Not too long, I had other things to do.
– Ed Gein replying to the question “how long did you wear the skin face masks you created from your victims.”
Ed Gein was a notorious killer and body snatcher. He killed at least two women and desecrated the graves of many more in three local cemeteries during his lifetime. Additionally, Gein used the bones and skin from the corpses to fashion them into hideous trophies which were later found by the authorities in his house.
Edward Theodore Gein was born on 27 August 1906 in La Crosse, Wisconsin, the second child of Augusta Crafter and George P. Gein. His father was a violent alcoholic often struggling to maintain a steady job and his mother, who operated a small family grocery store, was the family breadwinner. She despised her husband, but the marriage somehow persisted, mostly due to the family’s religious beliefs about divorce.
Ed was a very shy and isolated child who was often bullied at school. To make things worse, his mother didn’t allow him to make any new friends, which meant that the only friend Gein had during the early years of his life was his brother Henry. She abused the little boys and often said that they would become just like their father.
Gein’s father died of a heart attack in 1940, so Henry and Ed started working as local handymen to help with expenses. Henry tried to become more autonomous from his mother’s influence and was concerned with the way she treated his younger brother Ed. However, he died under mysterious circumstances, whilst trying to extinguish a fire near their farm in rural Wisconsin.
What was left of the family were only Ed and his abusive mother, who became even more erratic after Henry died. However, two years later, she suffered a stroke and died on 29 December 1945, leaving her only son Ed alone on the farmhouse.
Gein sealed off a room in his home as a shrine to his mother and started reading horror novels and anatomy books. He became particularly interested in the medical experiments performed on Jews in the concentration camps during World War II.
It didn’t take long before he began prowling cemeteries and exhuming recently buried bodies with the goal to fashion trophies and keepsakes from their bones and skin. Apparently, his trophies weren’t enough to satisfy his appetite, so Gein turned from grave robbing to murder.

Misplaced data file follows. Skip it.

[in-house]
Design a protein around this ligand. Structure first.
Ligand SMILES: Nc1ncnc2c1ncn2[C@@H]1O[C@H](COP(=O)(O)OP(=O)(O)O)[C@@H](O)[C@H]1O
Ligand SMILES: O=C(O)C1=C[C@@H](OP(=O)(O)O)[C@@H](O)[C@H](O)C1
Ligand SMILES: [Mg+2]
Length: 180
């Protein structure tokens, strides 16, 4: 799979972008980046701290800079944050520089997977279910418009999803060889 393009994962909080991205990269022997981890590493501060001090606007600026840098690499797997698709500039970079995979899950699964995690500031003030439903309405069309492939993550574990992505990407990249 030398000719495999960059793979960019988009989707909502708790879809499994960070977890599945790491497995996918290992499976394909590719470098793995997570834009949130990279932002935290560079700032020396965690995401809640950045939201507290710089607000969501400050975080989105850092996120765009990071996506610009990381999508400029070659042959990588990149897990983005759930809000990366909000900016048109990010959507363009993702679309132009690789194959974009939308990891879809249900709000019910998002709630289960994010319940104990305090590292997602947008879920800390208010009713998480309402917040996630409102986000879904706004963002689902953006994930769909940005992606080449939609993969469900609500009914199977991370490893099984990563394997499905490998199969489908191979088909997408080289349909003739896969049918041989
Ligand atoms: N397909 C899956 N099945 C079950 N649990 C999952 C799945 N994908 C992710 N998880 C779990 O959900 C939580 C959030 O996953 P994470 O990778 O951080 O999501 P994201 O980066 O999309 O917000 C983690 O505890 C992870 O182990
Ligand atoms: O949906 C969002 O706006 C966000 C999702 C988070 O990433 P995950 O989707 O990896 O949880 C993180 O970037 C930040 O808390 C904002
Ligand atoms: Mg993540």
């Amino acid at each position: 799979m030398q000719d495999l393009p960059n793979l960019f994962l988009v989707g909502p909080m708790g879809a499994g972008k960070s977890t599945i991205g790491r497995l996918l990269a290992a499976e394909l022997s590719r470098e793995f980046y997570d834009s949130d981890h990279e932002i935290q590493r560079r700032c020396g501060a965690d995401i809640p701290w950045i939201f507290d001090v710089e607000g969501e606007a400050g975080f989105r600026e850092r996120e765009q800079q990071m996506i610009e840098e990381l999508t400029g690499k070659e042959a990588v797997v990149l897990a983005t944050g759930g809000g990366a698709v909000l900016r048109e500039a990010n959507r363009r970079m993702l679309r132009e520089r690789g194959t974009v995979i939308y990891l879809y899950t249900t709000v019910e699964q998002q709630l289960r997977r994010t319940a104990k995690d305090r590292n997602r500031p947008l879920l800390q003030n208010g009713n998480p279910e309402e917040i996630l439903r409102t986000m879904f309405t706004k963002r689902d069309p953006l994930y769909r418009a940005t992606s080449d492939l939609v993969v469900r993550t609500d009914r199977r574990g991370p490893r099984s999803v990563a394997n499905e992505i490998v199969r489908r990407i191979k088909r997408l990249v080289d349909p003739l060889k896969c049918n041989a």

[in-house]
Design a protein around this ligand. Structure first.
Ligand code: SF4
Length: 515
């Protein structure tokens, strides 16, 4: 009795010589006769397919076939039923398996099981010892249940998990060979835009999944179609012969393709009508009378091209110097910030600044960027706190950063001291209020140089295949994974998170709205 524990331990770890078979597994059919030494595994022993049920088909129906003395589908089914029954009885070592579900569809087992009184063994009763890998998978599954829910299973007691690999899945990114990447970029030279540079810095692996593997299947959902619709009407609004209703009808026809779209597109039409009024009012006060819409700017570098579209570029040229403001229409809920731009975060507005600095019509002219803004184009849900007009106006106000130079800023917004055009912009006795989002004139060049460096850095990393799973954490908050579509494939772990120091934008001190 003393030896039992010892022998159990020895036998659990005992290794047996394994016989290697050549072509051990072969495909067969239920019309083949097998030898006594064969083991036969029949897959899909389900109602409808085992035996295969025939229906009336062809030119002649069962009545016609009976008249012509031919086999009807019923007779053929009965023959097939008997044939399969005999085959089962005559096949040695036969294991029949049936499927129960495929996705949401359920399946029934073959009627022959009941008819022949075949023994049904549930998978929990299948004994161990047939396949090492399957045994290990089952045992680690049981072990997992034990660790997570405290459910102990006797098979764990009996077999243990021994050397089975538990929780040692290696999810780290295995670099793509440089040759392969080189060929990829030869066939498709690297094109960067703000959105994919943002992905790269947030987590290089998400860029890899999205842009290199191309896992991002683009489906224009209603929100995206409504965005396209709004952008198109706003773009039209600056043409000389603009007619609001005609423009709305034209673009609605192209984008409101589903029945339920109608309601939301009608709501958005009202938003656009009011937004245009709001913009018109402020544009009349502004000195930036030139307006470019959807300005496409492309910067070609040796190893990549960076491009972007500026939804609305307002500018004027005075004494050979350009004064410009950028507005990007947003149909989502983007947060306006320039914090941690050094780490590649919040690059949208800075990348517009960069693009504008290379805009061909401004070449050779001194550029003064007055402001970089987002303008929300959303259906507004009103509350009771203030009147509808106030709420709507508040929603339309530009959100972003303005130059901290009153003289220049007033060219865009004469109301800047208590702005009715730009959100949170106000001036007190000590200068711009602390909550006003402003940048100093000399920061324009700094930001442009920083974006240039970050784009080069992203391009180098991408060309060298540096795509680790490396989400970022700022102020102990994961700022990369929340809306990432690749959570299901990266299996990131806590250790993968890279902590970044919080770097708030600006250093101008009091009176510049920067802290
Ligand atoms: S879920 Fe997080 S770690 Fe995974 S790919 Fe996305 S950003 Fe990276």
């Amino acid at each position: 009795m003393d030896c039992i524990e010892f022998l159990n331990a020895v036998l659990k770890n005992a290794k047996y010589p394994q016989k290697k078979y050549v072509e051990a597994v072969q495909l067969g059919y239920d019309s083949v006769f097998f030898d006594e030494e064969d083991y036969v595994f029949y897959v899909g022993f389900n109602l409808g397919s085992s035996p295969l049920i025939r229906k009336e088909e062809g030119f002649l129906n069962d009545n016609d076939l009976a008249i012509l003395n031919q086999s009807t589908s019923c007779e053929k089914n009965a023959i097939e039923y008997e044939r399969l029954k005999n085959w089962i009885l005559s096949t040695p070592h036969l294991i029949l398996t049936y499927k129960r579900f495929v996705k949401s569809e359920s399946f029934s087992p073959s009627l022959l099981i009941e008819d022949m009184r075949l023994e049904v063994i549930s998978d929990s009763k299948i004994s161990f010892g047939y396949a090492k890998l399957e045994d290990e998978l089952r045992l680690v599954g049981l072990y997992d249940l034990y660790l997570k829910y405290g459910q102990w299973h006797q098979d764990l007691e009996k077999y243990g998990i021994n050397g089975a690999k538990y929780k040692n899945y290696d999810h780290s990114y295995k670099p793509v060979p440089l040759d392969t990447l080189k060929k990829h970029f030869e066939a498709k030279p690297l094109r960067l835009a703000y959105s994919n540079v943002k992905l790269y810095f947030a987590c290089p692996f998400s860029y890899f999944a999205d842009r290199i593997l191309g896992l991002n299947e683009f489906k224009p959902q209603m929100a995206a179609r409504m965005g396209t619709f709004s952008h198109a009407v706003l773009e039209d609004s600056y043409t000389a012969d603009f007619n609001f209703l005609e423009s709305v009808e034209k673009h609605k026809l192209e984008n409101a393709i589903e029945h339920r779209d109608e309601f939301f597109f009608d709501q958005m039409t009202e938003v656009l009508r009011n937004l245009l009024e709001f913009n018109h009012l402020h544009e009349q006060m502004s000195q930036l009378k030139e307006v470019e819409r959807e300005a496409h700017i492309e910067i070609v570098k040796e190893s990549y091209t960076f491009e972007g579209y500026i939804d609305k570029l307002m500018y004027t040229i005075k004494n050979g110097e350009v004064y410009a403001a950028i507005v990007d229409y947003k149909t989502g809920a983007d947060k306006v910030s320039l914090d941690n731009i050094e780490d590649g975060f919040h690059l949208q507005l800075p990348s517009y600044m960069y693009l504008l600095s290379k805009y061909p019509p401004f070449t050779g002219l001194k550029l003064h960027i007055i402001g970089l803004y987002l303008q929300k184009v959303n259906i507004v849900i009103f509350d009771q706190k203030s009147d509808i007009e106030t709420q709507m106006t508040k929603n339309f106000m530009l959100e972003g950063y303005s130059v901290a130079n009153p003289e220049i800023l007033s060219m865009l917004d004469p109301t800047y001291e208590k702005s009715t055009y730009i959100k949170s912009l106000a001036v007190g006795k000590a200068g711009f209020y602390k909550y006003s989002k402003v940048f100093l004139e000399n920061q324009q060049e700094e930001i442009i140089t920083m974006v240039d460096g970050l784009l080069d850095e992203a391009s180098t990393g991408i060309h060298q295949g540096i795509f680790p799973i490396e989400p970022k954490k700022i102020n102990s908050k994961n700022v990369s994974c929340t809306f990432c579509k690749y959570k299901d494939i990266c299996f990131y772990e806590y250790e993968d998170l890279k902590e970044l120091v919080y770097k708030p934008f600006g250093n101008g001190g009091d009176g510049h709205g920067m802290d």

On 19 November 1957, Bernice Worden was reported missing. The investigation showed that the last person to see Bernice alive was Gein himself. The police found out that he had been in the shop the night before Worden disappeared, so they went to his home to see if Gein knew something concerning her mysterious disappearance.
The case was closed once they entered into Gein’s home. Worden’s body with her head cut off had been hung upside down from a meat hook with her internal organs removed. But that was just the beginning. It was a real house of horrors. Deputies were shocked to find out that Gein preserved many body parts, including bones, noses, skulls, skin, etc. and fashioned them into furniture.
He was found to be mentally incompetent, and therefore unfit to stand trial, so he was sent to the Central State Hospital for the Criminally Insane and later transferred to the Mendota State Hospital in Wisconsin. It took ten years before Gein was declared fit to stand trial and he was found guilty, but since he was declared previously to be legally insane he was sent back to a mental facility.
Gein’s crimes shocked and fascinated America at the same time. His horrific actions were beyond belief, but they have certainly been a blessing to film-makers. The infamous grave robber and murderer inspired or at least influenced the nature of characters such as Norman Bates (Psycho), Leatherface (The Texas Chainsaw Massacre) and Buffalo Bill (The Silence of the Lambs).
Gein provided inspiration for the character of the serial killer, Buffalo Bill in The Silence of the Lambs. Buffalo Bill’s main targets were women, and he murdered them with the intention to use their skin to make a “woman suit” for himself. The character was based on several serial killers and one of them was the notorious killer and body snatcher, Ed Gein, whose actions were obviously an inspiration for the “woman suit.”
Gein didn’t have a chainsaw and both his victims, Mary Hogan and Bernice Worden, were shot with a pistol. However, he was the real-life Leatherface and a key inspiration for Tobe Hooper’s The Texas Chain Saw Massacre.
Screenwriters Kim Henkel and Tobe Hooper incorporated elements of Gein’s story and personality into the script. Leatherface wears a human’s face as a mask just like Ed Gein.
No introduction is needed for Alfred Hitchcock’s masterpiece Psycho, based on a 1959 novel by Robert Bloch. When Hitchcock read a review of Bloch’s book he was hooked and immediately acquired the rights to Psycho. The iconic horror movie that was released nearly 60 years ago still scares the pants off audiences worldwide.
It is hard to imagine that such a person like Norman Bates actually existed in real life, but apparently, it did and served as an inspiration for this fictional character. Both Normal Bates, the film’s murderer, and Ed Gein suffered abuse as children and started killing after their mothers died.
Both of them liked to dress in women’s clothes and they sealed off a room in their homes as a shrine to their mothers.
However, while Norman Bates is clearly a psychotic character, Ed Gein is a real life psychopath. Gein is not considered a serial killer because he only committed two murders, but his reputation is so infamous that he is seen as one.